Catalytic converters

A friend recently had the catalytic converter stolen from the truck she was
driving. Checking into this, we found that there is an epidemic of
catalytic converter thefts due to the high value of scrap platinum. Pickup
trucks are especially vulnerable because they have enough ground clearance
to make the theft very easy.
I plan on welding mine in, and I suggest the rest of you consider this,
Reply to
Leo Lichtman
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The crooks are crawling underneath cars and trucks with battery operated recip saws or Oxy-Acetylene 'hot wrenches' and chopping them out, so welding it in place isn't going to matter to them. And as an added bonus, now you need to repair or replace the tailpipes.
You want to stop them, you need a locked and burglar alarmed garage, preferably with Central Station monitoring.
Second best would be a big screen cage of expanded metal under the car around the catalytic, and tamper that to trip the car alarm. Then you come outside, and let the perp know you are deeply religious - in specific, a member of the Church of John Moses Browning. Time for the perp to genuflect, hold his hands in supplication behind his back, and hold that position till the cops arrive.
Or move to a nicer neighborhood - that's always worked best for me.
Reply to
Bruce L. Bergman
Id love to have one of THOSE creepers!!!
How fast was she going?
"Confiscating wealth from those who have earned it, inherited it, or got lucky is never going to help 'the poor.' Poverty isn't caused by some people having more money than others, just as obesity isn't caused by McDonald's serving super-sized orders of French fries Poverty, like obesity, is caused by the life choices that dictate results." - John Tucci,
Reply to
Gunner Asch
Ever watch the movie "Speed"?
Reply to
That is one of those 'Obama Energy Plan' creepers they plan to use to tune up your car without you knowing about it. ;-)
Reply to
Michael A. Terrell
Mine are welded in-line from the factory, doesn't make any difference when you've got guys with a cutting torch and no reason to go easy on the collateral damage. They've had a few here that were caught trying to sell bunches to scrap dealers, those were apparently honest enough to call the cops when they showed up and weren't their usual junkyard dealers.
Reply to
"Leo Lichtman"
They recently caught a couple of guys with a pile of Cat converters here in Oregon. They showed the converters on the news---every one had been sawn out of the exhaust system. Only thing that caught them was a camera in the park-n-ride lot.
Reply to
A recently solved case here involved bronze memorial urns from a local cemetery, something like 175 urns on their way to a scrap yard 50 miles away. Gerry :-)} London, Canada
Reply to
Gerald Miller
Gerald Miller wrote in news:
A local TV station in Houston, TX, last night aired a story about a topic near and dear to many hearts: Beer.
It seems that the Beer Industry is being victimized by unscrupulous individuals who "collect" empty beer kegs and sell them as SS scrap. This forces the Beer Industry to purchase new kegs (often made from the recycled old ones) in which to supply their product.
This results in an estimated $50,000,000 in additional costs being passed along to the consumer.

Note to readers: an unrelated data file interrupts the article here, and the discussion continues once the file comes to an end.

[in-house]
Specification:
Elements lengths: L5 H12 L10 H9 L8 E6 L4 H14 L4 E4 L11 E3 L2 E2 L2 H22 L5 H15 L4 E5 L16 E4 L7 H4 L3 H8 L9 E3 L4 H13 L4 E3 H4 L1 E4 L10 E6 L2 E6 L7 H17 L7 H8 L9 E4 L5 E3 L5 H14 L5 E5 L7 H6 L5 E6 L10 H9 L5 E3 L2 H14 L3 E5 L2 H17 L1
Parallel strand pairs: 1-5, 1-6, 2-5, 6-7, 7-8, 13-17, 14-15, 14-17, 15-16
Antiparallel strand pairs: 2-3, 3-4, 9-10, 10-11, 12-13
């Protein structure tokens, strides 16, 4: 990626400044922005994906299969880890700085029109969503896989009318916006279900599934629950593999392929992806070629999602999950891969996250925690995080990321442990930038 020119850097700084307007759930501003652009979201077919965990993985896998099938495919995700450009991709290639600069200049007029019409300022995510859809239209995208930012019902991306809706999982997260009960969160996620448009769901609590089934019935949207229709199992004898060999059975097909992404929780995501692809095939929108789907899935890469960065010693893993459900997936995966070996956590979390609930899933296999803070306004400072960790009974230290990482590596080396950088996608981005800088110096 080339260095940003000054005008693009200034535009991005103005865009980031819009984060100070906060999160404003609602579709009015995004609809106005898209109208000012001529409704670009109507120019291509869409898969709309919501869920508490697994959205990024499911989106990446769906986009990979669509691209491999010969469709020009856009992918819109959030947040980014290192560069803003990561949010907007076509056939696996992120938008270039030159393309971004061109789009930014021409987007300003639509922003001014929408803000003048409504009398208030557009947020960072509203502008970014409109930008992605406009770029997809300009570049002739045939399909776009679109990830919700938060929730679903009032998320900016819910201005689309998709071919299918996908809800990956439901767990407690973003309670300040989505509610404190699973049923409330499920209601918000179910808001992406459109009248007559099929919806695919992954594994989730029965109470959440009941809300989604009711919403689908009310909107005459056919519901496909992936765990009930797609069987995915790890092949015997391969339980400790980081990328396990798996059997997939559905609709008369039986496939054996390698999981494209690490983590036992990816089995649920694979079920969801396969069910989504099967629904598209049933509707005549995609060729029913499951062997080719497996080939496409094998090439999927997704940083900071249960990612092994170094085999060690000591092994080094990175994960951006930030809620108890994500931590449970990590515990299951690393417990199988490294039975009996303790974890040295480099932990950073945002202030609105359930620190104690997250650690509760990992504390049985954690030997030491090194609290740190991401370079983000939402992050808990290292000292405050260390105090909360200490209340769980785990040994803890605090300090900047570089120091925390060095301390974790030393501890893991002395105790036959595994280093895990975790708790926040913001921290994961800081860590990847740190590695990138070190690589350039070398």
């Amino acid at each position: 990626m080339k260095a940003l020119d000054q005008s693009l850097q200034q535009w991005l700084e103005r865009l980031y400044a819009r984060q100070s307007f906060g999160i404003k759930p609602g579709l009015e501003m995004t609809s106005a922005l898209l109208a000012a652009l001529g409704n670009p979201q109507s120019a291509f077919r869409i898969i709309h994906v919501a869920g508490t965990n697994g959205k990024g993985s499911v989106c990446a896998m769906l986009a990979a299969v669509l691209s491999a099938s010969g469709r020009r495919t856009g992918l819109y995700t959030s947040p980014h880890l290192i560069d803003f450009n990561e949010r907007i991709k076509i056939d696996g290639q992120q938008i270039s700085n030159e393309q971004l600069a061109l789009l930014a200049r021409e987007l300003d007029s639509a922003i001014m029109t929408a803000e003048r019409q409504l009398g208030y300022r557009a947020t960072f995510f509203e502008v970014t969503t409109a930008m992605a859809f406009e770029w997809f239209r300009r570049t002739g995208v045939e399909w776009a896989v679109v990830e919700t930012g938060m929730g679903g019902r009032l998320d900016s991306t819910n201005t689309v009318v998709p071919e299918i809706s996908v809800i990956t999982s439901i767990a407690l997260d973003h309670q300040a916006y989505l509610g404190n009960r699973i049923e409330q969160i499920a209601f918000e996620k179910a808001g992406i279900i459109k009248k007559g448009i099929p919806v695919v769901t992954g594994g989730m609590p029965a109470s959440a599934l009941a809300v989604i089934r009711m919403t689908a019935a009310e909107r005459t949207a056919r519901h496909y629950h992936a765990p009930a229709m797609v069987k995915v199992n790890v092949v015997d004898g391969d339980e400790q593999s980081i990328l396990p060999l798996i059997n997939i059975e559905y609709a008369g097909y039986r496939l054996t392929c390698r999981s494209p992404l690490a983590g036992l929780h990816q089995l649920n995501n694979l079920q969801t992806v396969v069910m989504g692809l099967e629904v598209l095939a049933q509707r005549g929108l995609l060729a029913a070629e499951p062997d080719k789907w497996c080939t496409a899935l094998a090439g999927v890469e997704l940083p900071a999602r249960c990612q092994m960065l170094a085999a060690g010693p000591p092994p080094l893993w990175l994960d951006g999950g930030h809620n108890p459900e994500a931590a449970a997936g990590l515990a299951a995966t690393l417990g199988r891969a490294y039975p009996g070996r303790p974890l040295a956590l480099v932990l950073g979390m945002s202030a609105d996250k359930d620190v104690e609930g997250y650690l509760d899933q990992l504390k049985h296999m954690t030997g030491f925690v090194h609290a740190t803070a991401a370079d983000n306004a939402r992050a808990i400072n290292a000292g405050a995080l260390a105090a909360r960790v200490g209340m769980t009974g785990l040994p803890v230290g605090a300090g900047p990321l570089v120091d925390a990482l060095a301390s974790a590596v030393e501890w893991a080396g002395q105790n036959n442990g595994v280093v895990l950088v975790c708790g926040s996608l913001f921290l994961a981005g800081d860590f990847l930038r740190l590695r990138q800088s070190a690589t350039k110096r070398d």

FWIW, the same station has aired stories concerning the growing tide of copper thefts from HD air-conditioning systems including many from schools and businesses.
Reply to
here in phoenix, the tweakers hit the local animal pound, removing the copper pipes and caged valves. they were unable to water, clean and cool the animals for a couple of days (since the a/c is run off the water supply). there were a LOT of very angry people about that.
on the subject, my 4runner was hit for it's converter. the replacement oem part cost is very high, the generic isn't too bad, but they also tore up other things to get it out, and cost me hundreds to get repaired. when i reported it to the police, they said that at least 15 other trucks/suvs had already been reported hit that night in the same general area .
regards, charlie
Reply to
And now they know you have a new one:) Years ago I owned a towing business. Guy calls his car wont start. Go out, no battery some AH stole it. Get a new battery and install it. About six months later the guy looks under his hood and his old battery is back, the brand new one is gone. Thief must have come right back and swapped them.
Here they are stealing gas with an ice pick. Poke a hole in the tank, let it drain into a flat container, come back and get it. And the car owner has a plastic fuel tank with a hole in it, and a large repair bill.
Reply to
Big Al
Seattle lately tightened their laws on scrap dealers. They basically are not allowed to take kegs. That plus having to issue payments by check after a delay for any scrap over $15 (IIRC), and requiring ID. It may be helping.
Reply to
Bob F
The solution to some of this stuff might be right here:
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Reply to
Al Patrick
A sheetmetal screw and a small peice of rubber (hose or innertube). Our 62 Tempest on the way to Alaska in 63 got a small hole on the tank and it was fixed that way, lasted for years, was still OK when we traded it in years later. ...lew...
Reply to
Lew Hartswick
Gas tank in a 62 Tempest was plastic?
Reply to
"Lew Hartswick" wrote: A sheetmetal screw and a small peice of rubber (hose or innertube).
^^^^^^^^^^^^^^^^^^^ I would have execte rubber to fail. Wouldn't neoprene be the proper choice?
Aside: I am told that it's good to carry a bar of soap when you go off-road. It can be rubbed into a gasoline leak for a temporary repair.
Reply to
Leo Lichtman
Works for metal or plastic tanks.
Don Young
Reply to
Don Young
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